Regulation of Gdf5 expression in joint remodelling, repair and osteoarthritis

Karolina Kania, Fabio Colella, Anna H K Riemen, Hui Wang, Kenneth A Howard, Thomas Aigner, Francesco Dell'Accio, Terence D. Capellini, Anke J Roelofs, Cosimo de Bari* (Corresponding Author)

*Corresponding author for this work

Research output: Contribution to journalArticlepeer-review

34 Citations (Scopus)
4 Downloads (Pure)


Growth and Differentiation Factor 5 (GDF5) is a key risk locus for osteoarthritis (OA). However, little is known regarding regulation of Gdf5 expression following joint tissue damage. Here, we employed Gdf5-LacZ reporter mouse lines to assess the spatiotemporal activity of Gdf5 regulatory sequences in experimental OA following destabilisation of the medial meniscus (DMM) and after acute cartilage injury and repair. Gdf5 expression was upregulated in articular cartilage post-DMM, and was increased in human OA cartilage as determined by immunohistochemistry and microarray analysis. Gdf5 expression was also upregulated during cartilage repair in mice and was switched on in injured synovium in prospective areas of cartilage formation, where it inversely correlated with expression of the transcriptional co-factor Yes-associated protein (Yap). Indeed, overexpression of Yap suppressed Gdf5 expression in chondroprogenitors in vitro. Gdf5 expression in both mouse injury models required regulatory sequence downstream of Gdf5 coding exons. Our findings suggest that Gdf5 upregulation in articular cartilage and synovium is a generic response to knee injury that is dependent on downstream regulatory sequence and in progenitors is associated with chondrogenic specification. We propose a role for Gdf5 in tissue remodelling and repair after injury, which may partly underpin its association with OA risk.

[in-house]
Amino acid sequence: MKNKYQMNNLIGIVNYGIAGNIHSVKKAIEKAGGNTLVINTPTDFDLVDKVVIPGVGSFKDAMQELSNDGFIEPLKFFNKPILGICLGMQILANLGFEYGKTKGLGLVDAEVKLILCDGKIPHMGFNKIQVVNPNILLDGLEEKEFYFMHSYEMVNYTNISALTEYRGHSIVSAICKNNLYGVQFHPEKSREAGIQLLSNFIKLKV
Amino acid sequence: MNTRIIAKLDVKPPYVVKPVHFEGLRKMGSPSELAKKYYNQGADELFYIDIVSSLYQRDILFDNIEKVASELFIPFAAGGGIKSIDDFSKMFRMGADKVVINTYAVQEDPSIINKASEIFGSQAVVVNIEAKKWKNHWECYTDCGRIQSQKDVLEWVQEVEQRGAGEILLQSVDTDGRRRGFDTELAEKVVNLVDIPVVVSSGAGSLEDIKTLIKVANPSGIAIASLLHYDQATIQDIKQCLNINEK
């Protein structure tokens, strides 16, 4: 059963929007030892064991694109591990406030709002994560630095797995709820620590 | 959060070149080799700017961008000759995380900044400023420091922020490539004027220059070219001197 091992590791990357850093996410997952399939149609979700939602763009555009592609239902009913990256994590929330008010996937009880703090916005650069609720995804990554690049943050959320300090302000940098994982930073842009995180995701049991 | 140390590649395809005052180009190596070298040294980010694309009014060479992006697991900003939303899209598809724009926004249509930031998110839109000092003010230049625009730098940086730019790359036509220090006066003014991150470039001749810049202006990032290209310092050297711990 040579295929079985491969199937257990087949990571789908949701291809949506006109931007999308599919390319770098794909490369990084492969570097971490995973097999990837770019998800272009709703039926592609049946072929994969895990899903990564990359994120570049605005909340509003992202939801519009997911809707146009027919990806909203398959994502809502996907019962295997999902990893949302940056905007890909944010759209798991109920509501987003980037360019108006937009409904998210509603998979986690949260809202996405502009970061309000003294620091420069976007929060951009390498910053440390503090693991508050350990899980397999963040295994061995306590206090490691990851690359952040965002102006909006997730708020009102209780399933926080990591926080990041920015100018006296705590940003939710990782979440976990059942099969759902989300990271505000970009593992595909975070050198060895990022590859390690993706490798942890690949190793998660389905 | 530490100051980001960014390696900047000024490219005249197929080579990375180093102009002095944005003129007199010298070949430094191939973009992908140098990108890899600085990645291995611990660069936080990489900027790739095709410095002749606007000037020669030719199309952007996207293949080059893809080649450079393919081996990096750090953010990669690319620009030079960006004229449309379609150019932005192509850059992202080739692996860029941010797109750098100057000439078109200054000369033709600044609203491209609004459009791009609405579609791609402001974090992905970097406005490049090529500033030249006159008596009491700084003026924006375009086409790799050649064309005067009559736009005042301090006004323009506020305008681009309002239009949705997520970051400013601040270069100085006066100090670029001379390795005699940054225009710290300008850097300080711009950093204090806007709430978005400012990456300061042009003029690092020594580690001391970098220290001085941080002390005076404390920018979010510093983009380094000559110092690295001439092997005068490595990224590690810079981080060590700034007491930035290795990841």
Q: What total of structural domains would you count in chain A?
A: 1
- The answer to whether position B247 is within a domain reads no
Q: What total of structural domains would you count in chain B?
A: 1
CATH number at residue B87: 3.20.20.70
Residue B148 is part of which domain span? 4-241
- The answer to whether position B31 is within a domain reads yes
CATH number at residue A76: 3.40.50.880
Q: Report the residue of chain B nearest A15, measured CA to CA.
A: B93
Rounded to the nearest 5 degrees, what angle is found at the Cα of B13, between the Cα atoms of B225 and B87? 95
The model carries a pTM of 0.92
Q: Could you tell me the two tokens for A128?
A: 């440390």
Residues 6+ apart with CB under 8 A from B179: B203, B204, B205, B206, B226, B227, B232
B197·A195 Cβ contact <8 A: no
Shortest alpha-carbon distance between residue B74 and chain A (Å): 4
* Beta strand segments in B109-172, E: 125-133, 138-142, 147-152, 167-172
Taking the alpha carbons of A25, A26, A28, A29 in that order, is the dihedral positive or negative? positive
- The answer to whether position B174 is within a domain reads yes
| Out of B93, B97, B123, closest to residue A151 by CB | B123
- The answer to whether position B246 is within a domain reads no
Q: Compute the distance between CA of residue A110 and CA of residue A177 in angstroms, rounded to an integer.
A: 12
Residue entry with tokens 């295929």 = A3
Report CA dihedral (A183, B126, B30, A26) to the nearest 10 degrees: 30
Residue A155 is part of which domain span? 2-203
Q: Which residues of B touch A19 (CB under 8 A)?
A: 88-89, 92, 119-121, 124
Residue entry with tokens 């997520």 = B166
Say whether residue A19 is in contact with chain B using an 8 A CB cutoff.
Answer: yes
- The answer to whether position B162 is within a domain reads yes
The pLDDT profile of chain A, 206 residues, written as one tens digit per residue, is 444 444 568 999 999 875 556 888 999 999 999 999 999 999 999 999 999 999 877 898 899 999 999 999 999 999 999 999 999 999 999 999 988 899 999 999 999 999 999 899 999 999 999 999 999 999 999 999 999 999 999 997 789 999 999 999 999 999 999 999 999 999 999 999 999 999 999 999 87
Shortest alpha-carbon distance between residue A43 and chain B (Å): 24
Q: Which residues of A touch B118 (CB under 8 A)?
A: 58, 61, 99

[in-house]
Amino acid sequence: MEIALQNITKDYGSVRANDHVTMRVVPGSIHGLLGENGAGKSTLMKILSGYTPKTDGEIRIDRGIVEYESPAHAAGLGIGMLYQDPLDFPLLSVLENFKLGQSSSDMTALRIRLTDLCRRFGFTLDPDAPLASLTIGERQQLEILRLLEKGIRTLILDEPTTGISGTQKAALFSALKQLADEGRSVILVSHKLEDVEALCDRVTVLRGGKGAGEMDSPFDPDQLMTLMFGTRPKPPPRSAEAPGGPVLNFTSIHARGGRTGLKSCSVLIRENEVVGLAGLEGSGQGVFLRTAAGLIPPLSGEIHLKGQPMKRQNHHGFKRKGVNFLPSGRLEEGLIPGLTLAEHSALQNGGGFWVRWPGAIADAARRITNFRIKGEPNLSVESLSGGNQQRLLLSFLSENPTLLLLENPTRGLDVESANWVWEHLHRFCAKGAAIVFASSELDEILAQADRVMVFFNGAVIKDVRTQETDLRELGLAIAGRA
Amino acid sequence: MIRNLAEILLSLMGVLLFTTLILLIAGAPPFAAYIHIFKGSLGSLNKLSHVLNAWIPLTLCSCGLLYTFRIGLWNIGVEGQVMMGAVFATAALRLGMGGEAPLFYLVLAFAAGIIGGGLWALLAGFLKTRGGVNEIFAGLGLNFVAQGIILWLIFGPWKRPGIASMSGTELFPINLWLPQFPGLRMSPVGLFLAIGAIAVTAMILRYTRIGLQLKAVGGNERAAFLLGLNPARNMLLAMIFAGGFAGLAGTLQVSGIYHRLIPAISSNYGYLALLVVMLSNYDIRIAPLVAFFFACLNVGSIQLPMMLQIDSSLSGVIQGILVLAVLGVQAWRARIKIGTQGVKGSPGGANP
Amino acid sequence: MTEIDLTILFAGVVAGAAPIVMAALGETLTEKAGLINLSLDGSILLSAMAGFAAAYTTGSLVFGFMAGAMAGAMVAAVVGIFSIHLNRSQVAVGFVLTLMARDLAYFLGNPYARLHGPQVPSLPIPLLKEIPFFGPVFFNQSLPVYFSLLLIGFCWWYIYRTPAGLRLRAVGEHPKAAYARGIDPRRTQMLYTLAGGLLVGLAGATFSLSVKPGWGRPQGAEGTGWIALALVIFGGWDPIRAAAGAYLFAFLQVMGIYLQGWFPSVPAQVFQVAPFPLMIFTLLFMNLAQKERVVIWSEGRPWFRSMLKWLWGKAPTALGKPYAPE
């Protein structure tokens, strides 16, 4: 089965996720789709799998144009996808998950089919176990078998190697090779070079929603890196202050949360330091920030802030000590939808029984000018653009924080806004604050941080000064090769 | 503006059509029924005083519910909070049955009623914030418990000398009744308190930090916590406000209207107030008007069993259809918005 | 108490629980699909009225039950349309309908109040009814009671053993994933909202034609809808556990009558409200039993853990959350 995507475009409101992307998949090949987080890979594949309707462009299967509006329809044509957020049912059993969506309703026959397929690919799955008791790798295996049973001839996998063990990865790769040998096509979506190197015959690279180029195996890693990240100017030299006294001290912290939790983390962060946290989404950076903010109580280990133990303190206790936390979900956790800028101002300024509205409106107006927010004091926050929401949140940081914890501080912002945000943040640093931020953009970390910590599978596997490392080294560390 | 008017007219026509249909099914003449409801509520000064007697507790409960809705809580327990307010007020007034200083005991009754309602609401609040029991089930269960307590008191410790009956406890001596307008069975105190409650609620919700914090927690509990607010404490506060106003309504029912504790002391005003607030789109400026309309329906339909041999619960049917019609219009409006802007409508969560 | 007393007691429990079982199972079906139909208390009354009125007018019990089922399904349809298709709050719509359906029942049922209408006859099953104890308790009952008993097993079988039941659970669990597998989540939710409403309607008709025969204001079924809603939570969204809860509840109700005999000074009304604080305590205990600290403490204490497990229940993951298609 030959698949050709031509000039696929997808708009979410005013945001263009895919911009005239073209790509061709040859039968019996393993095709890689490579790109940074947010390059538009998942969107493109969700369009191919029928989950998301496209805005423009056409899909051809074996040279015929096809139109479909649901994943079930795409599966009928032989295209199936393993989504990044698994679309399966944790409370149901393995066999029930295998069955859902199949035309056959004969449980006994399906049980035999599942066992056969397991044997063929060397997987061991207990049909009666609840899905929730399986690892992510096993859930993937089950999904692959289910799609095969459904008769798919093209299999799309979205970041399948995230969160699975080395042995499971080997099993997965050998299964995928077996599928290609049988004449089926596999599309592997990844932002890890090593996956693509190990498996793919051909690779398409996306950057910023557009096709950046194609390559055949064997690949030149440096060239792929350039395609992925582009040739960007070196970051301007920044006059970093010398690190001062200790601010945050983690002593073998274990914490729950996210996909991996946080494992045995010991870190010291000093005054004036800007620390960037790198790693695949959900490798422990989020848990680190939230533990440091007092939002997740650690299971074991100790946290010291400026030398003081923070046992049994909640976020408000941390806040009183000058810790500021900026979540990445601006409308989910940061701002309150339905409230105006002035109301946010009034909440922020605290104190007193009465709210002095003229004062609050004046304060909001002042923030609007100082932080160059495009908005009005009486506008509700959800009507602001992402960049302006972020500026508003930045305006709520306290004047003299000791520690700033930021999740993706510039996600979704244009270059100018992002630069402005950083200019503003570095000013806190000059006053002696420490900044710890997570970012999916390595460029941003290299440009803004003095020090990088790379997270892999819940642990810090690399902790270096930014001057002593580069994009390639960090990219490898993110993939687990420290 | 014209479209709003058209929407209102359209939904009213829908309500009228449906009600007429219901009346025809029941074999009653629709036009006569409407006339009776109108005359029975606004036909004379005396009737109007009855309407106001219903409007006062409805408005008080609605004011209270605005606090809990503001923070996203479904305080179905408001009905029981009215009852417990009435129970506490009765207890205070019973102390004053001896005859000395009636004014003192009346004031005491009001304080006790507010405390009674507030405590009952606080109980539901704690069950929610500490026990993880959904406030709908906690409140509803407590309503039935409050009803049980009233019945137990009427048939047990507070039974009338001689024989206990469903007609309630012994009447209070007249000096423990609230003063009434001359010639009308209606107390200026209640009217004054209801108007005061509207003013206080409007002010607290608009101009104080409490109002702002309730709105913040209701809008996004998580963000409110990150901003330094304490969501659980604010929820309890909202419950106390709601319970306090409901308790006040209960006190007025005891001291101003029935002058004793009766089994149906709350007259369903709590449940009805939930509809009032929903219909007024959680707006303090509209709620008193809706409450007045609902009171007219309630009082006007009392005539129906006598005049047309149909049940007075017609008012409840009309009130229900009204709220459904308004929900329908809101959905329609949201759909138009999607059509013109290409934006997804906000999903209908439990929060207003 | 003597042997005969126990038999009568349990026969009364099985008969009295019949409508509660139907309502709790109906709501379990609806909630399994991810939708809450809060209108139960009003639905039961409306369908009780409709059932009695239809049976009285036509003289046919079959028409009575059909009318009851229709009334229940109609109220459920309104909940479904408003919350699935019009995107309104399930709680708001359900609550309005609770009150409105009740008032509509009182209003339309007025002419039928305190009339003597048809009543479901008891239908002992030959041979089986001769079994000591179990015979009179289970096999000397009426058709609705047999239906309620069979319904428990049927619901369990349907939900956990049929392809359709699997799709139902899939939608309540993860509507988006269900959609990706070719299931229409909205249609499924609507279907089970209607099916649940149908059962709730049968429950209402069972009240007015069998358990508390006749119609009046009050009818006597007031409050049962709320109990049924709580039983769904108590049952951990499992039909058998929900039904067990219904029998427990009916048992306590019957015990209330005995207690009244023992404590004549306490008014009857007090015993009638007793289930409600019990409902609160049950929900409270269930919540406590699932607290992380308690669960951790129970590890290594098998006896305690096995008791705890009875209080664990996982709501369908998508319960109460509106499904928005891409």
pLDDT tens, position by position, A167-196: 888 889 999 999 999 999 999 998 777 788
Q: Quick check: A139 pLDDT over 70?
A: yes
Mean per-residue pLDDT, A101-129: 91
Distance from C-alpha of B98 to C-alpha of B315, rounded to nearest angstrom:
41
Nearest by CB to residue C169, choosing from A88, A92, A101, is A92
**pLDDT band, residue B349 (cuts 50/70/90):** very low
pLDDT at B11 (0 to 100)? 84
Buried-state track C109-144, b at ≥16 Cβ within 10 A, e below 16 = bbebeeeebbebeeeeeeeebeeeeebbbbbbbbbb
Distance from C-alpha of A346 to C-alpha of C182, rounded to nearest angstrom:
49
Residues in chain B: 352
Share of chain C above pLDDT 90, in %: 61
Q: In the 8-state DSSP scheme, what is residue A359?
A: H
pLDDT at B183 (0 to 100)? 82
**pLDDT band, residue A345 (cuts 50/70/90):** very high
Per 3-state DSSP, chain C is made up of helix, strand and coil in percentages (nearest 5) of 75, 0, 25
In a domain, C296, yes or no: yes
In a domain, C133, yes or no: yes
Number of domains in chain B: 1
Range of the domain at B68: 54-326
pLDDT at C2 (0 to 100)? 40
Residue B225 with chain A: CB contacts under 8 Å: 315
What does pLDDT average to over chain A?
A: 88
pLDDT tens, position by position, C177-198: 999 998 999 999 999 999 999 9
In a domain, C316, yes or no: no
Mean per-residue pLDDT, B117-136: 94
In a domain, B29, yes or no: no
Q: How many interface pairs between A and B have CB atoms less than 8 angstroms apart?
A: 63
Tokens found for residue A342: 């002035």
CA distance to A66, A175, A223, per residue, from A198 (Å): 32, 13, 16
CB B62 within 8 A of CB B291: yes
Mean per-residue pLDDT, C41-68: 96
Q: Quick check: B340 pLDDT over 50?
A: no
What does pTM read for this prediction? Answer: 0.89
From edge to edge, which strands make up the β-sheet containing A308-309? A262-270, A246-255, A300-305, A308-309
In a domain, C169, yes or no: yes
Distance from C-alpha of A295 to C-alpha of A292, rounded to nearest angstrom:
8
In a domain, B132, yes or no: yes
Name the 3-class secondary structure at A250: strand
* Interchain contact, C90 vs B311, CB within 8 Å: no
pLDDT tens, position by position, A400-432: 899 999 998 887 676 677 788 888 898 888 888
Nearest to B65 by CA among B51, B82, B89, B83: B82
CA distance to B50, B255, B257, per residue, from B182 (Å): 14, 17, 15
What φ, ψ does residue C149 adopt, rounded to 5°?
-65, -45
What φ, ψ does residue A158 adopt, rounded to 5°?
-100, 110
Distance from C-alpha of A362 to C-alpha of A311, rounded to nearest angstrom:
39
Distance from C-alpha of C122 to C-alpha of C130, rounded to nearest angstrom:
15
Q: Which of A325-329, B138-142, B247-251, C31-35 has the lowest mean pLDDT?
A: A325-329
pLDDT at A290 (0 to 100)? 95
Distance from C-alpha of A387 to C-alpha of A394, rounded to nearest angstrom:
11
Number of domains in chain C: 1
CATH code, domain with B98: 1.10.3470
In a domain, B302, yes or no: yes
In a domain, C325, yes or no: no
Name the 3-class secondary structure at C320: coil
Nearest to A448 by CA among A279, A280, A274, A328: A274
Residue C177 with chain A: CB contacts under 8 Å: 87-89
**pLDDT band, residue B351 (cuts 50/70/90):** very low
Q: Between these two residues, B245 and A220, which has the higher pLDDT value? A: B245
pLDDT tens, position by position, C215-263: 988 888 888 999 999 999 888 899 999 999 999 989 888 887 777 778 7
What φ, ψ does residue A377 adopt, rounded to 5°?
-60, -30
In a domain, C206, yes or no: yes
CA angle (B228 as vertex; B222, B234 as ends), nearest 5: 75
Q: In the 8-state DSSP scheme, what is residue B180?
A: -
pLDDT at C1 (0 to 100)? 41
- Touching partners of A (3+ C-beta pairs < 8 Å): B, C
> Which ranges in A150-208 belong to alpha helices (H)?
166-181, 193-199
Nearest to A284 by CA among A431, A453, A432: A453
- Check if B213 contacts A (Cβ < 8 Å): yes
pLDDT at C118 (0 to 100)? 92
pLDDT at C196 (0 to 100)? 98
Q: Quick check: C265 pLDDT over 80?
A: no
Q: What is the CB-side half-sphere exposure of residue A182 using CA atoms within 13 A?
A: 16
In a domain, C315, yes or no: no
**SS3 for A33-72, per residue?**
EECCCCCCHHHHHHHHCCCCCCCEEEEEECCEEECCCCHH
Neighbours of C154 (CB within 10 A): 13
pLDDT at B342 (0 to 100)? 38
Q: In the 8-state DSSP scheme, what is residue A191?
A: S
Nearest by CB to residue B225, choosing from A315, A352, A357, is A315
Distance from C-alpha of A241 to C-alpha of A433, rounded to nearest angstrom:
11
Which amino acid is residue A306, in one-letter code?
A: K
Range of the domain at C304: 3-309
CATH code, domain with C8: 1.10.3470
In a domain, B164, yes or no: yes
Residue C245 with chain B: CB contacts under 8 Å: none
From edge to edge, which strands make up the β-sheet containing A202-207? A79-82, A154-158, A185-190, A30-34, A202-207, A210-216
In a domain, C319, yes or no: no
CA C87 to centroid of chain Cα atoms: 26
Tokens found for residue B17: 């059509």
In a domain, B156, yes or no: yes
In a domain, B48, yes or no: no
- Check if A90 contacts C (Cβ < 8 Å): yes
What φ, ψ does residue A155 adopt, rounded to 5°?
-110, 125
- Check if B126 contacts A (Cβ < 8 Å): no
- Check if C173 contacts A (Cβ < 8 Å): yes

Original languageEnglish
Article number157
Number of pages11
JournalScientific Reports
Publication statusPublished - 13 Jan 2020

Bibliographical note

Funding: Arthritis Research UK (grants no. 20775, 19667, 20865, 21156); European Union’s Horizon 2020 research and innovation programme under Marie Sklodowska Curie grant agreement no. 642414; Medical Research Council (grant MR/L022893/1); A.H.K.R. was supported by the Wellcome Trust through the Scottish Translational Medicine and Therapeutics Initiative (grant no. WT 085664).

The datasets generated during and/or analysed during the current study are available from the corresponding author on reasonable request.


  • MICE


Dive into the research topics of 'Regulation of Gdf5 expression in joint remodelling, repair and osteoarthritis'. Together they form a unique fingerprint.

Cite this